Basic Wine Information – What You Need to Know about Tasting

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Understanding wine means that you have a somewhat firm grasp on basic wine information. In order to truly understand your wine, you absolutely must learn how to taste it! In all actuality, learning how to properly taste wine is not some strange process.

It is quite straightforward, and will only deepen your love and appreciation for this fermented grape juice. Once you understand the basics of what goes into tasting wine, you will also have a deeper appreciation for the winemaking process.

Basically, all of your senses are used to taste wine fully. You will look, smell, taste, and feel your way through the wine experience. The first, and most important, aspect of tasting wine is for you to understand that while you are able to smell thousands upon thousands of odors, you can only taste four basic flavors – sweet, sour, salty, and bitter. The combination of smell and taste is what “wine tasting” is all about.

Look at the Wine

Use your eyes first. Check out the color of the wine and how clear it is. Do this by pouring the wine into a clean wine glass and tilt it away from you, preferably in front of a light colored or white background. Obviously you will know if it is a red, white, or rose wine.

But is it a dark red?

A deep yellow, or more like straw? Is the wine translucent or opaque? Do you see any sediment at the bottom or floating around? A good rule of thumb is to know that the darker the wine, the older it is, for any variety.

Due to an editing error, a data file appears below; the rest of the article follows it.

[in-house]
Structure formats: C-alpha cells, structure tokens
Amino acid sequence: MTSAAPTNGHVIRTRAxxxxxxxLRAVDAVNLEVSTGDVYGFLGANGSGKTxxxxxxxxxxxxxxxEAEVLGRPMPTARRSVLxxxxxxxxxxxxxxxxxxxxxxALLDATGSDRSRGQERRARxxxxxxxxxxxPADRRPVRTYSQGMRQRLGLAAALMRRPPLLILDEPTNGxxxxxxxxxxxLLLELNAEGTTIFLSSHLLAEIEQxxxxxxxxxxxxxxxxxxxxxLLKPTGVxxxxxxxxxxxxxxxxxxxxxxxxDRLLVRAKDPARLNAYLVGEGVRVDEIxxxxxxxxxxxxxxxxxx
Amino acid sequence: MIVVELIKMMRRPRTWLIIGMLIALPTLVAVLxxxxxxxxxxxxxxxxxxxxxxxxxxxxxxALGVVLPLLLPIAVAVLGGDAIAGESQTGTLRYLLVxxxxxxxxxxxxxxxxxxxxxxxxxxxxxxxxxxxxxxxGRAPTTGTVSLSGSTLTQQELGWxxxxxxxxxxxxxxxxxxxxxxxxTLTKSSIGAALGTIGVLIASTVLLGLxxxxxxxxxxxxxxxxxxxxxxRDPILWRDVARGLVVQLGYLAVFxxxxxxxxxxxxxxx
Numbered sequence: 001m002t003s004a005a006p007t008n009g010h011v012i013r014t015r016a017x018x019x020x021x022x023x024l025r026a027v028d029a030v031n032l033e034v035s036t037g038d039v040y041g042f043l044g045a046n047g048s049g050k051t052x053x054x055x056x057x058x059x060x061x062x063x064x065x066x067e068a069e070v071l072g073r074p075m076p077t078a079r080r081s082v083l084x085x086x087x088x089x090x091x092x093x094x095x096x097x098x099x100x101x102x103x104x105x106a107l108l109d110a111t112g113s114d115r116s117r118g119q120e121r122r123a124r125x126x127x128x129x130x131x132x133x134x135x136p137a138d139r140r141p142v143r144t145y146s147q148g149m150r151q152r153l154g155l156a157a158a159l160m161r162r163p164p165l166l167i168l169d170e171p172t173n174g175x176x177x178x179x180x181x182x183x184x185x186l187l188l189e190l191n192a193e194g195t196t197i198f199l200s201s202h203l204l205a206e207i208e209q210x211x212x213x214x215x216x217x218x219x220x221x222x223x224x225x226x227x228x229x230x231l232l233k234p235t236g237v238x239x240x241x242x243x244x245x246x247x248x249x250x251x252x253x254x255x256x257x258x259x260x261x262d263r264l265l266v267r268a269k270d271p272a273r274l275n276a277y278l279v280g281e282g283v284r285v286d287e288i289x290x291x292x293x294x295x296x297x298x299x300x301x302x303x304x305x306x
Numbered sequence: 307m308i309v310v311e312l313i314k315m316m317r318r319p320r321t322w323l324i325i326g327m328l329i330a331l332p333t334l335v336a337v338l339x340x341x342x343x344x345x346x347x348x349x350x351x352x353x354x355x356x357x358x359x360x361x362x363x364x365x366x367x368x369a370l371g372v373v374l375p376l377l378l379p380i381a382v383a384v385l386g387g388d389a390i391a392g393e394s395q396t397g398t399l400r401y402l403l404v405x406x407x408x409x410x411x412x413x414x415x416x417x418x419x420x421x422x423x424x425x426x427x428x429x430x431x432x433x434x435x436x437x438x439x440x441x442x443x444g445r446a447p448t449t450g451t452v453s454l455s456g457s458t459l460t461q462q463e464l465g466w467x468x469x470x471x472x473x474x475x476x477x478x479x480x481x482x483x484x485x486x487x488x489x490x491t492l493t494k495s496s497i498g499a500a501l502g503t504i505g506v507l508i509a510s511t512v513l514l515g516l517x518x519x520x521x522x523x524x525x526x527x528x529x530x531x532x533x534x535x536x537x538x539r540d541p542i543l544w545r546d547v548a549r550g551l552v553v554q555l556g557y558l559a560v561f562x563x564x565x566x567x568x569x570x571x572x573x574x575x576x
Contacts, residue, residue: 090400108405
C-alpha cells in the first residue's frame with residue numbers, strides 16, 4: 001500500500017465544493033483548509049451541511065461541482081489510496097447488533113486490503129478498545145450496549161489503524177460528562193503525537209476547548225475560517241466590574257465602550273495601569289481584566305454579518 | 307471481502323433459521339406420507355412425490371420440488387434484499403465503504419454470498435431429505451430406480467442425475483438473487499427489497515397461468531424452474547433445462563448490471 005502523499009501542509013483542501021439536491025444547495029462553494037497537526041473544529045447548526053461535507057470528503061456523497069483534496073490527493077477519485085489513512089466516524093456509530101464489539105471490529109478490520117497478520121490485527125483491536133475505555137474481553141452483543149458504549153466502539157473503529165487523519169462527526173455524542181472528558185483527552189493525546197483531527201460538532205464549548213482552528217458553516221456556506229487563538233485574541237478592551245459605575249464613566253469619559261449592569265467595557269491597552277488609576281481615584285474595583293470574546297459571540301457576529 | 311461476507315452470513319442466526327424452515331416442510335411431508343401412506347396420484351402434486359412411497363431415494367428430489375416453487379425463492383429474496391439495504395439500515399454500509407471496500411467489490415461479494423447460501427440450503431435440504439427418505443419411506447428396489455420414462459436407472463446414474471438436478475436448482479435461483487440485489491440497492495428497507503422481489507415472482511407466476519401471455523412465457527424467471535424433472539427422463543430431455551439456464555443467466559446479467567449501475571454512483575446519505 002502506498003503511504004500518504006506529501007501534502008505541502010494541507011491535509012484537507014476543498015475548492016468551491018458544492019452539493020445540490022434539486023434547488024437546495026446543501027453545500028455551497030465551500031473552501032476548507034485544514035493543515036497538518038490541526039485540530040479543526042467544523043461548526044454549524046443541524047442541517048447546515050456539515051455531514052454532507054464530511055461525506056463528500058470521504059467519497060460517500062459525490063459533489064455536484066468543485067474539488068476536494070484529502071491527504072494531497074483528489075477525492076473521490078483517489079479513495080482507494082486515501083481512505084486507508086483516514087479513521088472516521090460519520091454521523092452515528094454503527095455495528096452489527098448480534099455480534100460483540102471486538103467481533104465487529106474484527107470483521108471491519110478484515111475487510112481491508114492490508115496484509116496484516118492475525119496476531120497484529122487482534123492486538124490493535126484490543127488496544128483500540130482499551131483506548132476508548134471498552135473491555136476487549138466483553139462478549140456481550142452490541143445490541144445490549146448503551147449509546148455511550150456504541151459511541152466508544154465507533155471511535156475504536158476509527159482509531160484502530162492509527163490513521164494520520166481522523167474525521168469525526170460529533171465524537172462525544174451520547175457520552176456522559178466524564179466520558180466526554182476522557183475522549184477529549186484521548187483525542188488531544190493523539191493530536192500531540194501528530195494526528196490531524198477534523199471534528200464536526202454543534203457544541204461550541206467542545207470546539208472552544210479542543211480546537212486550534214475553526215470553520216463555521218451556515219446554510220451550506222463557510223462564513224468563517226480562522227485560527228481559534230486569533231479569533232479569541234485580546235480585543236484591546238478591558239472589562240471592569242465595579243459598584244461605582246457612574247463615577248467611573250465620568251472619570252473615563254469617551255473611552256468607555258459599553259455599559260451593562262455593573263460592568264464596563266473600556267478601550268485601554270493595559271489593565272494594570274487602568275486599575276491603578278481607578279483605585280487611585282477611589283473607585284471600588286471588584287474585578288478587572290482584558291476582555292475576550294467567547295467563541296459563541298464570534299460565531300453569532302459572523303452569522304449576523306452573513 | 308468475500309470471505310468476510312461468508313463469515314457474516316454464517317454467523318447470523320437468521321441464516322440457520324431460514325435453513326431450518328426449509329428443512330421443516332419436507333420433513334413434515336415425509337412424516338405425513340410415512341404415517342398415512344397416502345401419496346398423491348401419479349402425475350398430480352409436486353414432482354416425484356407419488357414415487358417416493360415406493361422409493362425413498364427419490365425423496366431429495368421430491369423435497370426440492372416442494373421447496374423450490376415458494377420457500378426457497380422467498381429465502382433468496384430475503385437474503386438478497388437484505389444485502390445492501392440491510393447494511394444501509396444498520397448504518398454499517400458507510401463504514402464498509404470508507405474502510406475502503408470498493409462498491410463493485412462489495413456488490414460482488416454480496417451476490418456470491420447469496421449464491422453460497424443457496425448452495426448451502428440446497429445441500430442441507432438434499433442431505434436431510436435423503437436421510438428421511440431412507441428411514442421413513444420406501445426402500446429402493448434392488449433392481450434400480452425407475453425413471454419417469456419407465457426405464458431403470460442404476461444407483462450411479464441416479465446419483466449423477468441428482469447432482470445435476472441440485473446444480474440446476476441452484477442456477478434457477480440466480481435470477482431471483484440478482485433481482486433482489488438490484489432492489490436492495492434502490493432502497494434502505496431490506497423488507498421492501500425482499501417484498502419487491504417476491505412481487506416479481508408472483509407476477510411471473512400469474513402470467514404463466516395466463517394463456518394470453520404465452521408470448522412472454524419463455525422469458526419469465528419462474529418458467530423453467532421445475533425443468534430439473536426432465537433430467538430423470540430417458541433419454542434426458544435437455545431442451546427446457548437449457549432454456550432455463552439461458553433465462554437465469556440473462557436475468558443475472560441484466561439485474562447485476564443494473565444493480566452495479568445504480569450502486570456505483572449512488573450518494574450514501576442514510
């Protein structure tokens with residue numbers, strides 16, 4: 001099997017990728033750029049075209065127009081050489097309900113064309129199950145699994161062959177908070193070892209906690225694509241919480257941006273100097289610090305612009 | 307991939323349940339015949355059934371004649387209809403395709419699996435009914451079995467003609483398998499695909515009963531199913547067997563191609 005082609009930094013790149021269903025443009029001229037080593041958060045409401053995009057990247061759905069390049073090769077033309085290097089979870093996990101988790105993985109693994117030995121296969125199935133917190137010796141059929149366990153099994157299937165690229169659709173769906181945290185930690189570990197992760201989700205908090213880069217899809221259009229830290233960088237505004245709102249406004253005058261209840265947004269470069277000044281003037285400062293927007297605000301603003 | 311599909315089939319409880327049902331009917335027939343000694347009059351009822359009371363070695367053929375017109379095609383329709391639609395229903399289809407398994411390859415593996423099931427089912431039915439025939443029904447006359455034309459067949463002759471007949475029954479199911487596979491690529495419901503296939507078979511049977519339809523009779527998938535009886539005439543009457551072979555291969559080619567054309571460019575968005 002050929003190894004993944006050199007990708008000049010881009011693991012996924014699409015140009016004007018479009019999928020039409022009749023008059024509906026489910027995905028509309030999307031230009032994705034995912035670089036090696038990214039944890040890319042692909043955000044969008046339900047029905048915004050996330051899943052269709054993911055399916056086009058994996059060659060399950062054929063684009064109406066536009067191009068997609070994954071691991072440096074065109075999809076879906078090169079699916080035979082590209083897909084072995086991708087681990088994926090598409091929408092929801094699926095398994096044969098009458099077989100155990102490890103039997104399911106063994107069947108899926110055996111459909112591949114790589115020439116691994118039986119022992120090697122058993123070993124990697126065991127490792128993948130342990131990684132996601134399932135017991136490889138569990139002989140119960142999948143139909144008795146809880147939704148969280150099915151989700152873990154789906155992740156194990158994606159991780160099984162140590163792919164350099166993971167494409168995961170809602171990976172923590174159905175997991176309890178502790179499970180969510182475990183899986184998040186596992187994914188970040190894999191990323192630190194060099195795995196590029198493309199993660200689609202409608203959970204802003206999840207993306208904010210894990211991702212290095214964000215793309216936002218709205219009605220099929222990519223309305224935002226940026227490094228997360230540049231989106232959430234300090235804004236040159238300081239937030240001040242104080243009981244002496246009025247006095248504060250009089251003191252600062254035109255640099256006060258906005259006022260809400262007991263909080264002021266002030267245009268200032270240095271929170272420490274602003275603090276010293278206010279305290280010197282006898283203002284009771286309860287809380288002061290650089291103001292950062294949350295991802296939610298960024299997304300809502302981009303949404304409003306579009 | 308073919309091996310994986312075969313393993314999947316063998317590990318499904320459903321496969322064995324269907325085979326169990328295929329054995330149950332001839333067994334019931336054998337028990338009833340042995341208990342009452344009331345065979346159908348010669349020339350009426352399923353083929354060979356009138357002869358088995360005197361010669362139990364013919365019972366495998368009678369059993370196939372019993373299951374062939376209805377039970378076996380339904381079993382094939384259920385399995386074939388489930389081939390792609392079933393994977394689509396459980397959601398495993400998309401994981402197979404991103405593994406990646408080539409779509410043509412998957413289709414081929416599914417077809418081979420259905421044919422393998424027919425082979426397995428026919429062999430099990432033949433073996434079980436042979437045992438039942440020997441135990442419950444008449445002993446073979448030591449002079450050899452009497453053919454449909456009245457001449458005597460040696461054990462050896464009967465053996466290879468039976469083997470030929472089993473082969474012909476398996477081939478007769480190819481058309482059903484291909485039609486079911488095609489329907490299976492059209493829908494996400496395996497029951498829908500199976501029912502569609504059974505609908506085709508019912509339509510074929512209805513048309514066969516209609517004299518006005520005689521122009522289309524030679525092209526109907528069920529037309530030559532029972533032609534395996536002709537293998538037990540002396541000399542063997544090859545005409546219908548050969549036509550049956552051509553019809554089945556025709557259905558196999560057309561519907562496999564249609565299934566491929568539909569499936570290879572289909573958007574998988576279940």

Smell the Wine

What you smell is just as important as what you taste when it comes to wine, and the two are deeply connected. In order to fully appreciate the aroma of your wine, you will want to swirl your glass around to vaporize the wine’s alcohol and release a stronger bouquet of aromas into the air.

Sometimes holding your hand over the glass then releasing will help in this process. This is your first step. Then, stick your nose right into the glass (don’t inhale the wine!) and take a deep breath. What do you pick up? Do you smell berries? Perhaps flowers, vanilla, oak, or even citrus? The complexity of the aroma will usually determine the quality of the wine.

Tasting the Wine

Tasting the wine is not limited to just the first sip and that’s all you get. In fact, that is quite the contrary. There are several phases to tasting the wine. When you take a sip of wine, which you truly want to taste, take a small sip and roll it around in your mouth for about five seconds, then swallow.

This initial sip is almost an attack on your taste buds and will not give you an accurate flavor. You will immediately detect any alcohol, tannins, acids, and sugars. In the best wines, these components will be well-balanced.

Once your taste buds have been attacked, give it another moment and take another sip. Swirl it around in your mouth and let the flavors evolve. This is when you get the actual taste of the wine on your palate. You may start tasting particular fruits and maybe even some spice. Some people even claim to taste oak and flowers in some wines.

The final phase of the wine is known as the finish. After you swallow the wine, the finish is how long the taste and impressions last in your mouth. The longer the finish lasts, the better the wine. Some of the best wines have a finish that lasts several minutes.

As you learn more and more about basic wine information and how to properly experience your wine, you may want to record your thoughts and impressions in a wine journal (find more wine accessories gifts).

This is a great way to remember if you even liked the wine and any aromas and tastes that you experienced. If you have several bottles, you may even be able to go back to your original assessment then compare your impressions to the second round. Many people enjoy removing the wine bottle labels and including them in their journals.

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